At least for most mortals that are still rocking the retired operating system. Microsoft recently confirmed a critical security flaw in Internet Explorer that is affecting all versions of the OS.
This includes Windows XP, the platform that reached end of support earlier this month.
Microsoft already detailed the vulnerability a couple of days ago in a security advisory, confirming that attacks that are exploiting this flaw have already been spotted. And now the company has posted a revision explaining that investigation continues on this serious matter.
In fact, it might even speed up the release of a patch.
Now normally, the software titan fixes issues like this on Patch Tuesday, but depending on the severity of the situation, it often rolls them out a bit sooner. Here is what the company says:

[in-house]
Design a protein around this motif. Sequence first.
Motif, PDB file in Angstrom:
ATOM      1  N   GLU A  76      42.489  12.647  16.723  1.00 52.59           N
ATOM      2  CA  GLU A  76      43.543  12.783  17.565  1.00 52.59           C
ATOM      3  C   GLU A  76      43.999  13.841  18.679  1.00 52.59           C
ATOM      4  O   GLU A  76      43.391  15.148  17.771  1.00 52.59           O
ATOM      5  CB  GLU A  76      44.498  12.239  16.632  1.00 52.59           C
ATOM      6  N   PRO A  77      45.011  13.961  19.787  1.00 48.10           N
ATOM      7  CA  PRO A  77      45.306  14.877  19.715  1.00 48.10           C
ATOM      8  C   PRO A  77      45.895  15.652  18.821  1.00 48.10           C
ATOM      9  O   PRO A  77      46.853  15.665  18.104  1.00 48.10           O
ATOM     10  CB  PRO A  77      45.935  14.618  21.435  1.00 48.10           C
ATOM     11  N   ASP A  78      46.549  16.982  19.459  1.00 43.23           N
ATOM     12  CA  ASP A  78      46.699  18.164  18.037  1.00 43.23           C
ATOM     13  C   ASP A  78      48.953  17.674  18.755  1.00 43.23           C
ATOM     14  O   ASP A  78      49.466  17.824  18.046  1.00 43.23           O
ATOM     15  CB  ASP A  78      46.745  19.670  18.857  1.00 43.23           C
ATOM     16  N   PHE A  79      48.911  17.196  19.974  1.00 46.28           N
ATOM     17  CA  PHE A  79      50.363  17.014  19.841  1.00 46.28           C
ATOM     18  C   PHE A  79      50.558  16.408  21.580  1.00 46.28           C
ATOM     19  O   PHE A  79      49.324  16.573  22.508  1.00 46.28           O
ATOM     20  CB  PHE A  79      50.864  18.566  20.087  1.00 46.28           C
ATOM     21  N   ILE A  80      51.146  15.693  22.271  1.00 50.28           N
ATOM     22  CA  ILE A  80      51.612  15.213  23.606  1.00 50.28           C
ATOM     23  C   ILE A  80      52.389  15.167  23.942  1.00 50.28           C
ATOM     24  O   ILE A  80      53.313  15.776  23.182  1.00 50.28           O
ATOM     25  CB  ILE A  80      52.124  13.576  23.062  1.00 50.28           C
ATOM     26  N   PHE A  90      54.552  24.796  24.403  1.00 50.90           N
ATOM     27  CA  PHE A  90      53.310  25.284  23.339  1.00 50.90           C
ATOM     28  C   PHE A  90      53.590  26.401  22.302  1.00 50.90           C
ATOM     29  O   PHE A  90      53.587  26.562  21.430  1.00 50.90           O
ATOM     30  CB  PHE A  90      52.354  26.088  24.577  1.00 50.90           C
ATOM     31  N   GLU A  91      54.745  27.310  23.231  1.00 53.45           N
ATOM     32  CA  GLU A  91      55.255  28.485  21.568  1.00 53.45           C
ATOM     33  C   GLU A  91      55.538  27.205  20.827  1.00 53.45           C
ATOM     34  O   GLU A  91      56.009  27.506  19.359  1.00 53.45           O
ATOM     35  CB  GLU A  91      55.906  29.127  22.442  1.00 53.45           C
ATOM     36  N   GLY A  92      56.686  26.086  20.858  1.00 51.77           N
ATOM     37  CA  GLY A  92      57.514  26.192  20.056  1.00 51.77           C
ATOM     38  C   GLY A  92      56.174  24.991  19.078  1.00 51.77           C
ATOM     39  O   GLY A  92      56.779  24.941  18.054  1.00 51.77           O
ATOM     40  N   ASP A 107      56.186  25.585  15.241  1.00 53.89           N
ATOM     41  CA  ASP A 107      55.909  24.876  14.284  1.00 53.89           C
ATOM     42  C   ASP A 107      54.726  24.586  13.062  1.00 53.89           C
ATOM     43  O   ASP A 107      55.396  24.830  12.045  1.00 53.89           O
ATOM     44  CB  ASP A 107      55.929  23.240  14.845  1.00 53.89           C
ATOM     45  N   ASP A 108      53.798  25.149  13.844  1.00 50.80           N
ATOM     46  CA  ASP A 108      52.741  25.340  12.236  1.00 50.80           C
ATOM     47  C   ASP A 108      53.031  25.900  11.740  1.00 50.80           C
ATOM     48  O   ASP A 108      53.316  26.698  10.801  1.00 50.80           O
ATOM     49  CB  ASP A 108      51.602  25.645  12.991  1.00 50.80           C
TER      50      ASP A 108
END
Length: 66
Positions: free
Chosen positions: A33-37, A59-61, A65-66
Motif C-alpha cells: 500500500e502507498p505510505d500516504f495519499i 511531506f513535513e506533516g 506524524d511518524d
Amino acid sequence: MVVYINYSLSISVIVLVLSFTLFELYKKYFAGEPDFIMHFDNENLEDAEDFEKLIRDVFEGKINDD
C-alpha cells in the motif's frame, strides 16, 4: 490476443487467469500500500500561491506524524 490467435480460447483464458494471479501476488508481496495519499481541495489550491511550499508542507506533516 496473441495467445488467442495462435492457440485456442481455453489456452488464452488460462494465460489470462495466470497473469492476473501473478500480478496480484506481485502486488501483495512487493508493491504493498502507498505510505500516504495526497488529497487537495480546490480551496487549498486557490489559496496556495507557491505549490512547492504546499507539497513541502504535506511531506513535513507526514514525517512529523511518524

“On completion of our investigation, Microsoft will take the appropriate action to protect our customers, which may include providing a solution through our monthly security update release process, or an out-of-cycle security update, depending on customer needs.”
The flaw, as you might be aware, affects all versions of Internet Explorer, this side of IE 10 and IE 11, as these newer versions of the browser are protected from these exploits.
And even though there have been calls from the Windows XP community to fix this flaw, and then retire the operating system, chances are that the operating system and the associated browser version are going to remain vulnerable to attacks.